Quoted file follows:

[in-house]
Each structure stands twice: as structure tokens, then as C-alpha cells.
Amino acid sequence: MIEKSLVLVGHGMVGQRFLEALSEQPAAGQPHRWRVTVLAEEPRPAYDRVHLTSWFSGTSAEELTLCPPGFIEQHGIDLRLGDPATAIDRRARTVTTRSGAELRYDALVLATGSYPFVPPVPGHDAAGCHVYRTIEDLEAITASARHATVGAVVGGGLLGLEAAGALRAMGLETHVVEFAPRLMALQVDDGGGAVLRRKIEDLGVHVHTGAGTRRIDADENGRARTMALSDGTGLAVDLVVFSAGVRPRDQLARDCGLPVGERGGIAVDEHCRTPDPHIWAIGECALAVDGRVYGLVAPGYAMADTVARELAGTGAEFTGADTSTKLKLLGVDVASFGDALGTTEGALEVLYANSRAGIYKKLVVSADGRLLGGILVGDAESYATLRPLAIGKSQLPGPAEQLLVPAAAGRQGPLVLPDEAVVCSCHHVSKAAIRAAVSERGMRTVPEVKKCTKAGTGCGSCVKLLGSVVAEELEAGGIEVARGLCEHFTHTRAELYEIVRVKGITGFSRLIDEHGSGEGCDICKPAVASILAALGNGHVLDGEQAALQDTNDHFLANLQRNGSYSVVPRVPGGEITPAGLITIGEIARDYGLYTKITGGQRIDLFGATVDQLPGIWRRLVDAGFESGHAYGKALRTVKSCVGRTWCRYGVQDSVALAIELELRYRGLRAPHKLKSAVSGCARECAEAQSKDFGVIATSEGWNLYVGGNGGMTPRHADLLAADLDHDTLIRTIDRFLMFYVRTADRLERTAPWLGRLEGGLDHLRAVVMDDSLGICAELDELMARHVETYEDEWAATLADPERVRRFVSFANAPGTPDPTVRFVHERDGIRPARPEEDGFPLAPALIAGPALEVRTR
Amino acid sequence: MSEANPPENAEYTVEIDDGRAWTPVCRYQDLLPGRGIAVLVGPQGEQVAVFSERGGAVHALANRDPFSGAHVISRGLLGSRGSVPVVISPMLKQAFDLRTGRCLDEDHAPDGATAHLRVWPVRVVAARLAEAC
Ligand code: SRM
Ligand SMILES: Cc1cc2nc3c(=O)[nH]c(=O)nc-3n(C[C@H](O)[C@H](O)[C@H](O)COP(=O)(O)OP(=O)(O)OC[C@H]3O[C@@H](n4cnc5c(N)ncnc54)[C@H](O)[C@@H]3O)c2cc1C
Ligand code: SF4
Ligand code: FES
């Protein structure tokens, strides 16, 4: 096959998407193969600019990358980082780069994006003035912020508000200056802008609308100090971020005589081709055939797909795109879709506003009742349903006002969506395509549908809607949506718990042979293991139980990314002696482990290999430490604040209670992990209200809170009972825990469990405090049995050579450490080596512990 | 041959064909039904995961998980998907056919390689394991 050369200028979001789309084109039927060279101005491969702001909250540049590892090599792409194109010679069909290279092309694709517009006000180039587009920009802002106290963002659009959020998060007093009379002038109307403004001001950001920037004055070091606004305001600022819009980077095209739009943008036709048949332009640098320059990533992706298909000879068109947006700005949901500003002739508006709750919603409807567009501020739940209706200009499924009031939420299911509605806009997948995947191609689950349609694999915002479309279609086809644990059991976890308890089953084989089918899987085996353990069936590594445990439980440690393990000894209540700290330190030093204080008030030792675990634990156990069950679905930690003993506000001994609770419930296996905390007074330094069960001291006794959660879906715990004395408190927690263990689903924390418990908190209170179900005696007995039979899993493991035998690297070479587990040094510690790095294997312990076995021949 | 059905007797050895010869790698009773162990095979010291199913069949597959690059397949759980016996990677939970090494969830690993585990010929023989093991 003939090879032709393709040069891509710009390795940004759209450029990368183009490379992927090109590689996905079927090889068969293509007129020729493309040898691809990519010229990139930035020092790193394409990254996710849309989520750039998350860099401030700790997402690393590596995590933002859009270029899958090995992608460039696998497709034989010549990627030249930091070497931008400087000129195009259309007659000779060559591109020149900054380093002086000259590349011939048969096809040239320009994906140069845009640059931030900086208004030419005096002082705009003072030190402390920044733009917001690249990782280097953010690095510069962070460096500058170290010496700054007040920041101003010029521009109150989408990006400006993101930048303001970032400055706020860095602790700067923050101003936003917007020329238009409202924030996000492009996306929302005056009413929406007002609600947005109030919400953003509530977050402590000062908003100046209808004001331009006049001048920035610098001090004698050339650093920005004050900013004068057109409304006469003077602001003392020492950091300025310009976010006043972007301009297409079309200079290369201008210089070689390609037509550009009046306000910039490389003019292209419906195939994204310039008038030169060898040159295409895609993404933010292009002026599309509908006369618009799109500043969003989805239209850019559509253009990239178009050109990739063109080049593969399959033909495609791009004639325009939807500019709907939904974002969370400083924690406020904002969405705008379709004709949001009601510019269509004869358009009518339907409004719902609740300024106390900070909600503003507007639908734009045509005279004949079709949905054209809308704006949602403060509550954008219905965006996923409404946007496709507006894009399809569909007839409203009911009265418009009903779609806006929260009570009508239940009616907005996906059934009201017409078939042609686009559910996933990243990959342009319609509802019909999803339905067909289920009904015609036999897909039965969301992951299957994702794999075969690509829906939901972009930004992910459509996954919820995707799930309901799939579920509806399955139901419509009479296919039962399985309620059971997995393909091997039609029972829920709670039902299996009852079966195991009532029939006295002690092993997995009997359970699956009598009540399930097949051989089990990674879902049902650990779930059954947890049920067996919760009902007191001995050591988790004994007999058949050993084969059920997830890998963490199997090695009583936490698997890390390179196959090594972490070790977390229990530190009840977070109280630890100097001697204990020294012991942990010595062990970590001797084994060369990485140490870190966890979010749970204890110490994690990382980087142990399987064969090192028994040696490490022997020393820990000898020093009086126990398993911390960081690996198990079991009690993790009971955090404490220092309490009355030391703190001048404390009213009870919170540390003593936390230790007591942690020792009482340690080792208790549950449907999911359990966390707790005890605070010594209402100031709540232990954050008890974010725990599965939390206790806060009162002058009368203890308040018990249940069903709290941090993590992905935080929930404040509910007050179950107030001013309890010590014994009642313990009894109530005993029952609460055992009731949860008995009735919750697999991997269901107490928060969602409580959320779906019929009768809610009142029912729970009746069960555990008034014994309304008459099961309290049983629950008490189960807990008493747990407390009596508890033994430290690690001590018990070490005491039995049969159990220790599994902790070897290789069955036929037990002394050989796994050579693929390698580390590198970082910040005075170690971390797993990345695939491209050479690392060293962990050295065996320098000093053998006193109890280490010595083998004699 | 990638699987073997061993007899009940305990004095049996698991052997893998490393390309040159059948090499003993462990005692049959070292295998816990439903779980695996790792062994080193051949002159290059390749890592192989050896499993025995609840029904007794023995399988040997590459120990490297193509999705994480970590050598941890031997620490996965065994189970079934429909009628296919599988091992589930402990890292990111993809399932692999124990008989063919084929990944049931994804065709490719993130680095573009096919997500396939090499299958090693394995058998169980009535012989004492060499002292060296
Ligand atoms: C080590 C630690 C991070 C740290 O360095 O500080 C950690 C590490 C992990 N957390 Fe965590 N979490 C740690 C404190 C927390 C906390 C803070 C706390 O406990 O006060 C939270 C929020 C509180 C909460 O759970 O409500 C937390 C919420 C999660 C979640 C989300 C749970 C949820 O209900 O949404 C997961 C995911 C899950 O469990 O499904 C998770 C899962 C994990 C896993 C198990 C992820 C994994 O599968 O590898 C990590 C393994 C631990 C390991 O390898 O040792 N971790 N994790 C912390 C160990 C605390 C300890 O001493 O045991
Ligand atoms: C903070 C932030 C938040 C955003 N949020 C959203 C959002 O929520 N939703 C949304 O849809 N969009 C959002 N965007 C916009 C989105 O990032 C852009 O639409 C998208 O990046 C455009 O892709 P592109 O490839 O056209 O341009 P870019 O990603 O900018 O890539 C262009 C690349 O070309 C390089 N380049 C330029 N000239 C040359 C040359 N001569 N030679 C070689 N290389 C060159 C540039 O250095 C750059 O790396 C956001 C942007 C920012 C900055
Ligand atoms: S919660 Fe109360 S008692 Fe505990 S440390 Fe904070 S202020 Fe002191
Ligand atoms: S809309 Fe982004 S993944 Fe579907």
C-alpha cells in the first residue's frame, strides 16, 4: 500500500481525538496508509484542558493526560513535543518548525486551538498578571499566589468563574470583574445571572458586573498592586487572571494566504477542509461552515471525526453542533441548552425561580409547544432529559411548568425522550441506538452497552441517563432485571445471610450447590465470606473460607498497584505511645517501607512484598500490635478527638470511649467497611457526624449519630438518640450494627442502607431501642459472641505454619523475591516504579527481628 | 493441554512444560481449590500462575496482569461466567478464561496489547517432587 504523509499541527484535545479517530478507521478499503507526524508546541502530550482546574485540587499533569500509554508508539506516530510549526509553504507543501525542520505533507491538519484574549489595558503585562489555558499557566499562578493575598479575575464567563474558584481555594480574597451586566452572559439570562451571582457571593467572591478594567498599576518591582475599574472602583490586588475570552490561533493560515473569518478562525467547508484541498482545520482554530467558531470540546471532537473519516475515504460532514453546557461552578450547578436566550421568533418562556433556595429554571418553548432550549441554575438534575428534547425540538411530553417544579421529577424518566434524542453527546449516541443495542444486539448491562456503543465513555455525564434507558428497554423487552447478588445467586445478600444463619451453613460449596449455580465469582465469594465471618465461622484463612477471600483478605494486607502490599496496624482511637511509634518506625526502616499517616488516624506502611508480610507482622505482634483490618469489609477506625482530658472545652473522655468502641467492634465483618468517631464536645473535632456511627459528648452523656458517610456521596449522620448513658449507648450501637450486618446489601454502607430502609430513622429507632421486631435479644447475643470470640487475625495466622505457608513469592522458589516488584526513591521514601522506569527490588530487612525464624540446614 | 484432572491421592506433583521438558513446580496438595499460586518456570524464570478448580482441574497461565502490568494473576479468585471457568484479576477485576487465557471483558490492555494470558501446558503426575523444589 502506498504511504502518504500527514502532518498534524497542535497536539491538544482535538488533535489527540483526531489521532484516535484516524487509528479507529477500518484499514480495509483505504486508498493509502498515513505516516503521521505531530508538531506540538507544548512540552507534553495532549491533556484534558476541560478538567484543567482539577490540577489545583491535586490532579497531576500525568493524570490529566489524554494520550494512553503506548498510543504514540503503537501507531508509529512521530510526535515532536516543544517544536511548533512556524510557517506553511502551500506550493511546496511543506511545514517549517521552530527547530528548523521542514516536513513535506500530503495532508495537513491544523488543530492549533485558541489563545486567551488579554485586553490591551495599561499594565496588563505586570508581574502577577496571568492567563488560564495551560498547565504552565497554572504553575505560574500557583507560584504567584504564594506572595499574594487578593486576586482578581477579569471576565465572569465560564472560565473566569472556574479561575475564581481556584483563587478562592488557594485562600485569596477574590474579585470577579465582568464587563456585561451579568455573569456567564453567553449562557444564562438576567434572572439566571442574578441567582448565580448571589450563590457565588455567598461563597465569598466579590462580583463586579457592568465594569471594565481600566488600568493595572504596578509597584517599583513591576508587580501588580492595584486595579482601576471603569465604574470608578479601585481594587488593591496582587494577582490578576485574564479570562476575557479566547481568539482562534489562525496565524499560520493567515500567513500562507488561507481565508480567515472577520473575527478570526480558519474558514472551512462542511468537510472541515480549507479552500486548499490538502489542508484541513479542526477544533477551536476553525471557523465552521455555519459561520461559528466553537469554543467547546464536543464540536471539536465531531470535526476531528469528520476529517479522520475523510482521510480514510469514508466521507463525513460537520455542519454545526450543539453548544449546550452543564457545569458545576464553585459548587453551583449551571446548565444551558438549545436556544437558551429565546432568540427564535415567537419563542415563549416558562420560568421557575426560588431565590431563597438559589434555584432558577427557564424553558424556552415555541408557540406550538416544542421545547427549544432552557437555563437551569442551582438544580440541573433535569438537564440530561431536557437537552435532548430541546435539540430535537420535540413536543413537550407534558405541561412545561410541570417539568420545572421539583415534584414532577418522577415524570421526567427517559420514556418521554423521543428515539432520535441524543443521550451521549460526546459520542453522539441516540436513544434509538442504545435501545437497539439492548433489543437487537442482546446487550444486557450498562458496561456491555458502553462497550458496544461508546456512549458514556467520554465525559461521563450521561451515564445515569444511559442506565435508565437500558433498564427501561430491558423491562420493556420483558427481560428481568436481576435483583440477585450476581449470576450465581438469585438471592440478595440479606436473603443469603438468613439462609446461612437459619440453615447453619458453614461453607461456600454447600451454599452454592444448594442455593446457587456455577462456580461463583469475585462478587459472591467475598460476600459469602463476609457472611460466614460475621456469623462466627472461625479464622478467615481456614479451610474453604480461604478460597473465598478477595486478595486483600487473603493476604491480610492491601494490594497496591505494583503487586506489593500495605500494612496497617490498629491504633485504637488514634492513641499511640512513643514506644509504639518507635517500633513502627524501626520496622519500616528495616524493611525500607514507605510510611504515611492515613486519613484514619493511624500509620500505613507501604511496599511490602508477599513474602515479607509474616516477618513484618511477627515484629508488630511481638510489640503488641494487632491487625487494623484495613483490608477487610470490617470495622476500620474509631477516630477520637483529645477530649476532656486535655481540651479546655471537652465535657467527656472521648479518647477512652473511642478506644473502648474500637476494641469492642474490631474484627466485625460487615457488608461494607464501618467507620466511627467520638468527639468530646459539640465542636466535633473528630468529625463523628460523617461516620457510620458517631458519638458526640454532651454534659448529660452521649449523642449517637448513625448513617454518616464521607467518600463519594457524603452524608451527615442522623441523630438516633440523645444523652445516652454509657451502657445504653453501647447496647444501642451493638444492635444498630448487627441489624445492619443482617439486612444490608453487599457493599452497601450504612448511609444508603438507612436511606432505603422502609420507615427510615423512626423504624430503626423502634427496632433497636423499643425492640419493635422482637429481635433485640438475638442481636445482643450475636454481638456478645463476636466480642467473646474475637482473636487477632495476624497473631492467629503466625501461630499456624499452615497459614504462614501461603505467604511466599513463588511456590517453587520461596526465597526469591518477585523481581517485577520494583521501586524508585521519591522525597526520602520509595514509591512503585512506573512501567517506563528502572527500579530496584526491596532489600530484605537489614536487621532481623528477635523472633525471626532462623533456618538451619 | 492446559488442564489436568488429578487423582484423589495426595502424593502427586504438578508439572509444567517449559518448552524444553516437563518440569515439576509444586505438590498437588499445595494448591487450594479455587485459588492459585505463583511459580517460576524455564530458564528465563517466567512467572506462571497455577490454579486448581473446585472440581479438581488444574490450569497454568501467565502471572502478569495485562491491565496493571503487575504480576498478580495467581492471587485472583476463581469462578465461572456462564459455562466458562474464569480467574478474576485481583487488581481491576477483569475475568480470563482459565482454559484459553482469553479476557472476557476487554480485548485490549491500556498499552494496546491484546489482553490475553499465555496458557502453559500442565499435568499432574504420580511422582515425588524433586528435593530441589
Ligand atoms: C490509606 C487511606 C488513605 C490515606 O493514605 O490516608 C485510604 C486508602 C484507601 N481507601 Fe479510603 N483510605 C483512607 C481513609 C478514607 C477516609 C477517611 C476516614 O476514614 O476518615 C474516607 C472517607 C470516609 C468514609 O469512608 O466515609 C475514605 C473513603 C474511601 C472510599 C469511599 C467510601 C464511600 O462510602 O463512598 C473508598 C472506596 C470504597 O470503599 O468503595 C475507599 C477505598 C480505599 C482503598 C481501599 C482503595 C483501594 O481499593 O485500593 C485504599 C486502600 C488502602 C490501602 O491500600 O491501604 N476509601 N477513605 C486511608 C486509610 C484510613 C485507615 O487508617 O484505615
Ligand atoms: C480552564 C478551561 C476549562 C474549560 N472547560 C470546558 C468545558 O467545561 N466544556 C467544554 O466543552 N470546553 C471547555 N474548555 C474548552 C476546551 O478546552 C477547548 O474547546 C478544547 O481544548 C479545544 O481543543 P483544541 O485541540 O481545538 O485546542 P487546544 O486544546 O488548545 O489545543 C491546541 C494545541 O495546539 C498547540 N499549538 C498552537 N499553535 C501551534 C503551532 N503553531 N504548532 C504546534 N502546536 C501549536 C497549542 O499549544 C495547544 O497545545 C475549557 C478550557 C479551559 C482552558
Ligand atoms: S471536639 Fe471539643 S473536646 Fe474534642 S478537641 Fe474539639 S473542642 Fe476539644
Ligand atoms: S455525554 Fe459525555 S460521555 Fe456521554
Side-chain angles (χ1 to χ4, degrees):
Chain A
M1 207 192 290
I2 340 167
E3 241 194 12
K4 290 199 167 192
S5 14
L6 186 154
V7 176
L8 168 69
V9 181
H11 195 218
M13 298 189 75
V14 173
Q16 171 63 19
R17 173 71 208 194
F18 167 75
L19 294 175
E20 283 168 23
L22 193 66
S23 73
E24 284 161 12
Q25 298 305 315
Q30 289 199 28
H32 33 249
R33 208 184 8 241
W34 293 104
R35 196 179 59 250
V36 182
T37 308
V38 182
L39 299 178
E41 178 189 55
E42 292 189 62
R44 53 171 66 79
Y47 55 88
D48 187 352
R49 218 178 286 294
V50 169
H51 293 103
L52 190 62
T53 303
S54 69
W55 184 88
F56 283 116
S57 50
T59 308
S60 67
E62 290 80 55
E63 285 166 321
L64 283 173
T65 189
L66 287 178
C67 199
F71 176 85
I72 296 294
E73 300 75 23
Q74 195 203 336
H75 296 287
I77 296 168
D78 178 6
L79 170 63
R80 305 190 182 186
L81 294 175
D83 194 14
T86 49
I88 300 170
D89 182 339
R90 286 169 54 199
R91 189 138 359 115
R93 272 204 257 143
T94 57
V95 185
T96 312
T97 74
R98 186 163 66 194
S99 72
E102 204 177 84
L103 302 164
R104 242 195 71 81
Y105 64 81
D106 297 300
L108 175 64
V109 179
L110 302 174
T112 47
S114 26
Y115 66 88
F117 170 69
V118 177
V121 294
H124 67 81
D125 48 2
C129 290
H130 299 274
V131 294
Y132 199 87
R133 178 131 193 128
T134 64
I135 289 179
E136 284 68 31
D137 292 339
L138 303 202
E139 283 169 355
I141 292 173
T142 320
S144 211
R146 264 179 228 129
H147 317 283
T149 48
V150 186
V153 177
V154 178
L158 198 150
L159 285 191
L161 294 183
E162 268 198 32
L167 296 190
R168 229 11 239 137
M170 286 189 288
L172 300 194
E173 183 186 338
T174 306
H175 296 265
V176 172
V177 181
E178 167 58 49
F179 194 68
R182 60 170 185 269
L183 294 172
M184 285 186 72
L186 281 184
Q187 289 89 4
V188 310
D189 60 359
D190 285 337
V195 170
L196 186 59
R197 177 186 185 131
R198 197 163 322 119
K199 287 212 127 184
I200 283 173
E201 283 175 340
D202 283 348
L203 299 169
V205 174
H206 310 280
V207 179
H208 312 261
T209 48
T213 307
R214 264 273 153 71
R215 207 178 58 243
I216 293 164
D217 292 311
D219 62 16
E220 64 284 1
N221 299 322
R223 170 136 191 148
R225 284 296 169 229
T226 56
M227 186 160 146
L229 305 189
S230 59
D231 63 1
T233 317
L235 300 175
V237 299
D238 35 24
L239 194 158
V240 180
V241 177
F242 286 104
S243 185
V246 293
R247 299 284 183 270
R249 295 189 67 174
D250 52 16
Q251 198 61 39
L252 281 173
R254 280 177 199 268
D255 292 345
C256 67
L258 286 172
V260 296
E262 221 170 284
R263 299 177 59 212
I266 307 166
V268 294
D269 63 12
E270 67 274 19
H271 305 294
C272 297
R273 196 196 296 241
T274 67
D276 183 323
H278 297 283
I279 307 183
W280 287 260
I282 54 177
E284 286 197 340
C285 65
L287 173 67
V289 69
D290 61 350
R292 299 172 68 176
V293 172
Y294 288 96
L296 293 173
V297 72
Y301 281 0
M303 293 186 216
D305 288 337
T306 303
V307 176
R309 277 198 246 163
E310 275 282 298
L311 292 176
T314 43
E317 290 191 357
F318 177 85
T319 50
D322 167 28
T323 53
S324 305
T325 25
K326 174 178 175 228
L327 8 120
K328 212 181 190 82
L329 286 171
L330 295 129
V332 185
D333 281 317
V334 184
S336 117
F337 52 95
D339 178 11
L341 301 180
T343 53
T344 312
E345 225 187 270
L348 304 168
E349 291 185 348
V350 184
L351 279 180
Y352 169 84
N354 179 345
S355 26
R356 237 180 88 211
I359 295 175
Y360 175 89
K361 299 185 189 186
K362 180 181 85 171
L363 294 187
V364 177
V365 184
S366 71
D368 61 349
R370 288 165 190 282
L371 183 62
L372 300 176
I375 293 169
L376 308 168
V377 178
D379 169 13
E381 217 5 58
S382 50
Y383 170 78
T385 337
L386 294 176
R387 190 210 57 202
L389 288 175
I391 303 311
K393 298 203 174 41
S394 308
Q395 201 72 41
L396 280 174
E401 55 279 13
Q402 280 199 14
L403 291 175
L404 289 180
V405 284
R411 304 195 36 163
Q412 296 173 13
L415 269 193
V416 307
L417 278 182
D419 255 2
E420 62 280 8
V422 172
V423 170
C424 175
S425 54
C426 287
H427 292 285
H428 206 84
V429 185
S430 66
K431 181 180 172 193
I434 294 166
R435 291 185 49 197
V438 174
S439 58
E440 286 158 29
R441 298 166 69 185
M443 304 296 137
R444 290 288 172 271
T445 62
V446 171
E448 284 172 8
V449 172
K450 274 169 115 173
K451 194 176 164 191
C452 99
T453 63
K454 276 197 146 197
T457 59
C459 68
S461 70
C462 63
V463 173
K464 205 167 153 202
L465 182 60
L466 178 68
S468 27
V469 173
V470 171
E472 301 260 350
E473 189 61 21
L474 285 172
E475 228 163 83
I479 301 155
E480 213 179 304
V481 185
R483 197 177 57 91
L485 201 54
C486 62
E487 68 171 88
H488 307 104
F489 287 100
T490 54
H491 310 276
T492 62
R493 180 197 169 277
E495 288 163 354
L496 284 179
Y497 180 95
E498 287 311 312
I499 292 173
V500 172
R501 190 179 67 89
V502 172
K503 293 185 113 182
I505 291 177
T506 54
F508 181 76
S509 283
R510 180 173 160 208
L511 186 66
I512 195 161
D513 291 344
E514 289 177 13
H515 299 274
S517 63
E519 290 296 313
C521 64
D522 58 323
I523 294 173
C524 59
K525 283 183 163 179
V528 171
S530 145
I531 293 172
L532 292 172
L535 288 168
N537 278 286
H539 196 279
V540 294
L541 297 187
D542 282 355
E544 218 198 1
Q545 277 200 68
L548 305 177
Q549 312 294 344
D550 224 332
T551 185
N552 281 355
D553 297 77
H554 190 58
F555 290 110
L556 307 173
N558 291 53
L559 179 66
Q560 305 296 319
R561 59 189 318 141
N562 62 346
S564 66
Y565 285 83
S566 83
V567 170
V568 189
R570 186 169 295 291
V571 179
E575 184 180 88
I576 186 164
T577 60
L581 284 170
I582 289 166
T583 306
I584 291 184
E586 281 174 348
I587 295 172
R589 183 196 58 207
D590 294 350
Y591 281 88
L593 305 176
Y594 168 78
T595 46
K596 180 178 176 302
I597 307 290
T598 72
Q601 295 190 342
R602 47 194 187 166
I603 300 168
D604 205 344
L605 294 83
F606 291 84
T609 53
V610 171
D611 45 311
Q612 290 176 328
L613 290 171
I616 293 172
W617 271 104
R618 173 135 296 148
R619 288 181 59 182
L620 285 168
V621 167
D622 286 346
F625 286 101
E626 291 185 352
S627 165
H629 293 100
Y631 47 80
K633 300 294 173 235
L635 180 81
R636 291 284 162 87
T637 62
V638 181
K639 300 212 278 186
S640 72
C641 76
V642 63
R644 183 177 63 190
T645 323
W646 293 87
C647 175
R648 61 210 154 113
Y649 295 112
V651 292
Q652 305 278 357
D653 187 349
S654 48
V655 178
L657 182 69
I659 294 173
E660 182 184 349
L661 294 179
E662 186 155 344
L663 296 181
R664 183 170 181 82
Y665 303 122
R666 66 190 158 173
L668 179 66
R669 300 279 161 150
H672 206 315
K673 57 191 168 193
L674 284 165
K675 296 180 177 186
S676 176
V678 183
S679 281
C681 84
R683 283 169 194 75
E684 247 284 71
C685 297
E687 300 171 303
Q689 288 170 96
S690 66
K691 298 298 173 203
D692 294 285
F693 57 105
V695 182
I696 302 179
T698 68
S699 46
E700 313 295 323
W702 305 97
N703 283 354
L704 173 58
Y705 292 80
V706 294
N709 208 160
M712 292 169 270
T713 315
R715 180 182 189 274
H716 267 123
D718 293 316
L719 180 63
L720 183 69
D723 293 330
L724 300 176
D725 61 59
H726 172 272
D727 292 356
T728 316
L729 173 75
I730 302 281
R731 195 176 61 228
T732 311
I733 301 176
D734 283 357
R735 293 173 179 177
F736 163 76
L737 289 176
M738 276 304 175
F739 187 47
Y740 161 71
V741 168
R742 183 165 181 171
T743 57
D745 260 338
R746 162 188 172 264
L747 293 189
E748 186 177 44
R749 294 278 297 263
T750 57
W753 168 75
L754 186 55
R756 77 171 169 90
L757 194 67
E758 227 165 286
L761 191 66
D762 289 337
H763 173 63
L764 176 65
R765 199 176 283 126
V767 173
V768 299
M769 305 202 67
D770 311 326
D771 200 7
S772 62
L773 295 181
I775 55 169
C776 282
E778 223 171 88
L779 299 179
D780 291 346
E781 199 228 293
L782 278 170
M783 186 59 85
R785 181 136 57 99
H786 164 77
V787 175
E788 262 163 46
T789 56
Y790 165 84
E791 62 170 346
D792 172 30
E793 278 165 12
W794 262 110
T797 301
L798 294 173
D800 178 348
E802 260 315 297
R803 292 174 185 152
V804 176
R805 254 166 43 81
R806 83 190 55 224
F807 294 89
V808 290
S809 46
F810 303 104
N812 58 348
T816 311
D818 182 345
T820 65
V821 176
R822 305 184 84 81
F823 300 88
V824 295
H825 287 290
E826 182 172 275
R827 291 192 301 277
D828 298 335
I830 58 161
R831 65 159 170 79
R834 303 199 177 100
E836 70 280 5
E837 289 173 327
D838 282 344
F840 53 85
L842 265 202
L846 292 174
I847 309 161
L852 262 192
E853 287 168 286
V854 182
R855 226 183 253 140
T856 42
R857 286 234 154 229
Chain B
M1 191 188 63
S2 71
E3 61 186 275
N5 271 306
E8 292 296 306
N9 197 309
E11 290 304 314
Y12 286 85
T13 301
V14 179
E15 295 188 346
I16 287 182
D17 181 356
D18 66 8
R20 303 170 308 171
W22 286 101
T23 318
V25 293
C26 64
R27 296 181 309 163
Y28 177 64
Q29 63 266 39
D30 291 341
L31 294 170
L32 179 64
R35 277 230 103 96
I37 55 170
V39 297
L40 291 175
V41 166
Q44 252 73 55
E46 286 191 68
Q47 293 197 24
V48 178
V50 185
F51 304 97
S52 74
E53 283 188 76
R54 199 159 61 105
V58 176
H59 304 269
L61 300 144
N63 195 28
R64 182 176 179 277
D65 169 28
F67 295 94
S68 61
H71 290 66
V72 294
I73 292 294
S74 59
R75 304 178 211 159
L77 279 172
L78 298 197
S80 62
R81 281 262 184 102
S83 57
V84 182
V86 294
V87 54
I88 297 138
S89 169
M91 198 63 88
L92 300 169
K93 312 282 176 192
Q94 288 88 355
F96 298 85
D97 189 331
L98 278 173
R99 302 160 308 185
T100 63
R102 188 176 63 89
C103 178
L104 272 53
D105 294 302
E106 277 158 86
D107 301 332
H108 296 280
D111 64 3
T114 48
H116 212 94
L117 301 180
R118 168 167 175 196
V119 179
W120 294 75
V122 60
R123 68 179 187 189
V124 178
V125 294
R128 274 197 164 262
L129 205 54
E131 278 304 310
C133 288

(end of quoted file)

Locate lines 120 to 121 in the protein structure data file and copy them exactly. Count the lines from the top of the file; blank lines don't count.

D137 292 339
L138 303 202